Given this, what can be said about the truth value of the seminal works of western history?
    In my opinion, people greatly exagerrate this problem.
    First of all, we can talk about the possibility of our sources being completely deluded all we want, but unless we actually have other sources that cast doubt on them, this is just hypothetical hand-waving. We can only work with what we have.

    Second, oral traditions and the like are generally quite reliable when it comes to simple facts. People make a big deal about sources being second- or third-hand when it comes to ancient history, but really, this isn't too bad. The First World War is almost a century old, and yet here in Belgium it's simply in our collective memory that the Germans invaded us in 1914 because they wanted to push through to France, that they did not succeed but were stopped in West Flanders around the Yzer river and that a bloody four-year war was fought which the Germans eventually lost.
    I don't need to check wikipedia for this. I was told this when I was young by my parents, who had heard anecdotes about it from their grand-parents, whose parents were fighting in WW I. That's knowledge of what happened a century ago, passed on several times, with verifiable accuracy -albeit somewhat romanticised.
    I might have difficulty determining with a great amount of accuracy who was commanding which army and many of the specifics, but there's no question that I can draw a rough history of the First World War simply from the collective memory of my country -and this is all in a society much less dominated by oral traditions than those in Ancient times.

    So I don't see any reason to doubt that what Tacitus is telling us is going to be completely besides the mark on basic factual matters.

    Same story for the inherent unreliability of eye-witness testimonies. You might be wise to doubt them when they talk about how they saw ghosts, but when they're simply telling you who lost the election... not so much.
    Last edited by Tankbuster; August 20, 2011 at 07:12 PM.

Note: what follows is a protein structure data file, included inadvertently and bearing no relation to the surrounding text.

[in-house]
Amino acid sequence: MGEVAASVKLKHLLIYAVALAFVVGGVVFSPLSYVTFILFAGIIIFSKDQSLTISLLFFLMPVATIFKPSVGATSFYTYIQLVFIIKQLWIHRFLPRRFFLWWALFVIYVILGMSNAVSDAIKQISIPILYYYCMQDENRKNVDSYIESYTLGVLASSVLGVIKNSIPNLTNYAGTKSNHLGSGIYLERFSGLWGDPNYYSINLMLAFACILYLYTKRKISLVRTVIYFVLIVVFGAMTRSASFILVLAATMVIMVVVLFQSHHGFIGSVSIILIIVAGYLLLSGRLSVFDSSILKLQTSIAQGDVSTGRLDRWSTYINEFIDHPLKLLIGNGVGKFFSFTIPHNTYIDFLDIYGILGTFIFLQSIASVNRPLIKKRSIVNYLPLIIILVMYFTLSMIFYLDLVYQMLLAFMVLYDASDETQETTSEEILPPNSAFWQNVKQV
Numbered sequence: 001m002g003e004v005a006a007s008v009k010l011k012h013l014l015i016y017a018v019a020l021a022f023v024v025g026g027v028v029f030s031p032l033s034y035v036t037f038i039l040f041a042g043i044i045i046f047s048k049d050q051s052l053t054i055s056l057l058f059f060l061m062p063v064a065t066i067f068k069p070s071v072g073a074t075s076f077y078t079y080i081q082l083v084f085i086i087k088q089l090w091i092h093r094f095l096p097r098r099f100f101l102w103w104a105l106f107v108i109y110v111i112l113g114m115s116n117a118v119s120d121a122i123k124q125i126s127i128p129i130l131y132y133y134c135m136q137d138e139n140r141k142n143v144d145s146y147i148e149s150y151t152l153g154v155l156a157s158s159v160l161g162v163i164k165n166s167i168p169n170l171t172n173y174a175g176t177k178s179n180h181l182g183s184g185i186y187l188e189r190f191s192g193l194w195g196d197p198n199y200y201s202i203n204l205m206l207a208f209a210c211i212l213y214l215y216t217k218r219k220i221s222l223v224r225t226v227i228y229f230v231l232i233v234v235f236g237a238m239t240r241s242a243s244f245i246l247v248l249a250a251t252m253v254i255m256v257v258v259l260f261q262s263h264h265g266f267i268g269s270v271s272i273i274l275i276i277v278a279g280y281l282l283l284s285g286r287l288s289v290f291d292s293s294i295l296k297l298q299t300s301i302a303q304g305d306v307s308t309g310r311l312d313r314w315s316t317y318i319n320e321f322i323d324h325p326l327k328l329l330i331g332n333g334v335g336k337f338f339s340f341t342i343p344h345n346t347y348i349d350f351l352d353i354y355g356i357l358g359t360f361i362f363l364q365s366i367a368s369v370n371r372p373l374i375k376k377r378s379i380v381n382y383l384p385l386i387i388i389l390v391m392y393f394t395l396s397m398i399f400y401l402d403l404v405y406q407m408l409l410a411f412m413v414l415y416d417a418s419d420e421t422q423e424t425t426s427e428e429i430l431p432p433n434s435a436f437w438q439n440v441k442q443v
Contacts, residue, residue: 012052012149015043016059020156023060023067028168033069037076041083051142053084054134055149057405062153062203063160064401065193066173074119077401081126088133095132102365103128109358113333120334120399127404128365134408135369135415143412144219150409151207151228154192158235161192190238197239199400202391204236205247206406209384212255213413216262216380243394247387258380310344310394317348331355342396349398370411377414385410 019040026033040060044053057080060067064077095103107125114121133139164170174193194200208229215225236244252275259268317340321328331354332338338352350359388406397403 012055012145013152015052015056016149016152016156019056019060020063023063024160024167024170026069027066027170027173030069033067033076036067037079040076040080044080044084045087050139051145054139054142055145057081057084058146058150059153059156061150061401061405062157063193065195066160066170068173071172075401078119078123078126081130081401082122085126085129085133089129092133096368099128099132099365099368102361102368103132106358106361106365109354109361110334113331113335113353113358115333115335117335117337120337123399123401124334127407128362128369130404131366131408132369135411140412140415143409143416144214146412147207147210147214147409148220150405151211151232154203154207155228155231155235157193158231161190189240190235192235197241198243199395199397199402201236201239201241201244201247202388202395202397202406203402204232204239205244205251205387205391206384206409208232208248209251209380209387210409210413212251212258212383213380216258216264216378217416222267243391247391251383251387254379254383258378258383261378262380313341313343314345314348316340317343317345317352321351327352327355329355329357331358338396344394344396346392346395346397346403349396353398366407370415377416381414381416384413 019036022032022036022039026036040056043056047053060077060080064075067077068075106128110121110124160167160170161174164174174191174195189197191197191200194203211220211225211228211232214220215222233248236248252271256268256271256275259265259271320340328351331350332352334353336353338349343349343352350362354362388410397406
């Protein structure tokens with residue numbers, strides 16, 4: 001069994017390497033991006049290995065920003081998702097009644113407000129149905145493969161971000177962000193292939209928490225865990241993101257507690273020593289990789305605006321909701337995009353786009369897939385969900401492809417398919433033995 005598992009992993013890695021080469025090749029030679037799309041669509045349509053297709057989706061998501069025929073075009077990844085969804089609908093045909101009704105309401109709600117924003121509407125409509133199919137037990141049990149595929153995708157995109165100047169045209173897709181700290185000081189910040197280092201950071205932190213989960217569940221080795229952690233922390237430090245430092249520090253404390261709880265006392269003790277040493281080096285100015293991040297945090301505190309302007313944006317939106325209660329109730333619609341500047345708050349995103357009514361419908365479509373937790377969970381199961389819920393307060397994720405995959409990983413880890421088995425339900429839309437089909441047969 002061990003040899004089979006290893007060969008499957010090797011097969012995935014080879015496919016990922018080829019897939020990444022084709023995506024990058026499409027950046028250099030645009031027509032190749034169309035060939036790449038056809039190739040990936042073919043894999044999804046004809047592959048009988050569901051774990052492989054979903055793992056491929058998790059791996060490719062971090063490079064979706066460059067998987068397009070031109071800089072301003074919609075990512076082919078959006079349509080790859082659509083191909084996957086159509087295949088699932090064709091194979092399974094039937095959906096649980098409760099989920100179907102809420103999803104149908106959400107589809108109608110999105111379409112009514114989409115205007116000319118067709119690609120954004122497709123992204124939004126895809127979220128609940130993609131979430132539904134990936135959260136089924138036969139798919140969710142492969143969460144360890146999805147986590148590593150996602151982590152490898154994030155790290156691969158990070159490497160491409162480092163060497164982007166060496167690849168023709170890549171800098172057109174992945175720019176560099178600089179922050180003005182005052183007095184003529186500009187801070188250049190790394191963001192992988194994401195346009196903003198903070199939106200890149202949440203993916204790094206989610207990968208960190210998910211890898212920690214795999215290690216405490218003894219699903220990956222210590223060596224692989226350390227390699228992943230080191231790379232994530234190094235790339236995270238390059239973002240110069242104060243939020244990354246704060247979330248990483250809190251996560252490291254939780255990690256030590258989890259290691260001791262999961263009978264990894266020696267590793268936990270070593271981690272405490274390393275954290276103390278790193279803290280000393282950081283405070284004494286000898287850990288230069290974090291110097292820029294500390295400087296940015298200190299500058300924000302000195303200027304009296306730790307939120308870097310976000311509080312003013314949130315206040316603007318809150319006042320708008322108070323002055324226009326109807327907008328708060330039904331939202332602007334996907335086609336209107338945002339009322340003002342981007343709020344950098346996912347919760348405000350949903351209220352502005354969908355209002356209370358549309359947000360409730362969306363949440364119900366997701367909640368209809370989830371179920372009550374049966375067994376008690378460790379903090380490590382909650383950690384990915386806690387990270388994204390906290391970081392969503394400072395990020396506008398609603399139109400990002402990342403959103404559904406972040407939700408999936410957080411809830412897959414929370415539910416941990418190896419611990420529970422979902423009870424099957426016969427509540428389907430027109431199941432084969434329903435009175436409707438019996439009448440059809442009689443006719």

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    Sphere's Avatar Centurio Primus Ordine
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    Default Re: Historical Veracity: The Bible vs. Other Ancient Manuscripts

    I use this example to death, but I still think it works quite well.

    Spoiler Alert, click show to read: 


    The Gospels have nothing in terms of evidence supporting them that is not at least matched by the book of Mormon. There are even roughly written under the same divine framework so theological prejudices can be brushed aside.

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    Helm's Avatar Taishi
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    Default Re: Historical Veracity: The Bible vs. Other Ancient Manuscripts

    Some Christians seem to think that Moroni was in fact a demon sent by Satan to Joesph Smith corrupt the true Christian believers. Though he pretty obviously made it up, he was a man living in the 19th century who wrote the book of Mormon in 15th century English purely for dramatic effect, there's no other reason for it.
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    Setekh's Avatar Praefectus Legionis
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    Default Re: Historical Veracity: The Bible vs. Other Ancient Manuscripts

    As long as the same approach used for Iliad is used for Bible there is no reason not to use it as a historical source.
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    Veliky Kaiser Theos's Avatar Sagittarius
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    Default Re: Historical Veracity: The Bible vs. Other Ancient Manuscripts

    Quote Originally Posted by Col. Tartleton View Post
    History is a pseudoscience.
    No-one ever called history anything with the word science in it.

    The Bible shouldn't be trusted as a source of history because of the "unusual" claims it makes.

    Also, it was made with an agenda other than the recording of history, to convert people to Christianity.
    Last edited by Veliky Kaiser Theos; August 21, 2011 at 09:20 AM.

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    Default Re: Historical Veracity: The Bible vs. Other Ancient Manuscripts

    Quote Originally Posted by TheDarkLordSeth View Post
    As long as the same approach used for Iliad is used for Bible there is no reason not to use it as a historical source.
    A source in a strict sense would be a contemporary document which is not the case for either. It is recommended not to use works of literature or religion as historic source at all because of the time gap between them and the events they report in general.
    Last edited by AdamWeishaupt; August 21, 2011 at 09:32 AM.

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    Setekh's Avatar Praefectus Legionis
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    Default Re: Historical Veracity: The Bible vs. Other Ancient Manuscripts

    Quote Originally Posted by AdamWeishaupt View Post
    I would recommend not to use works of literature or religion as historic source at all because of the time gap between them and the events they report. A source in a stricte sense would be a contemporary document which is not the case for either.
    So you're opposing what I said?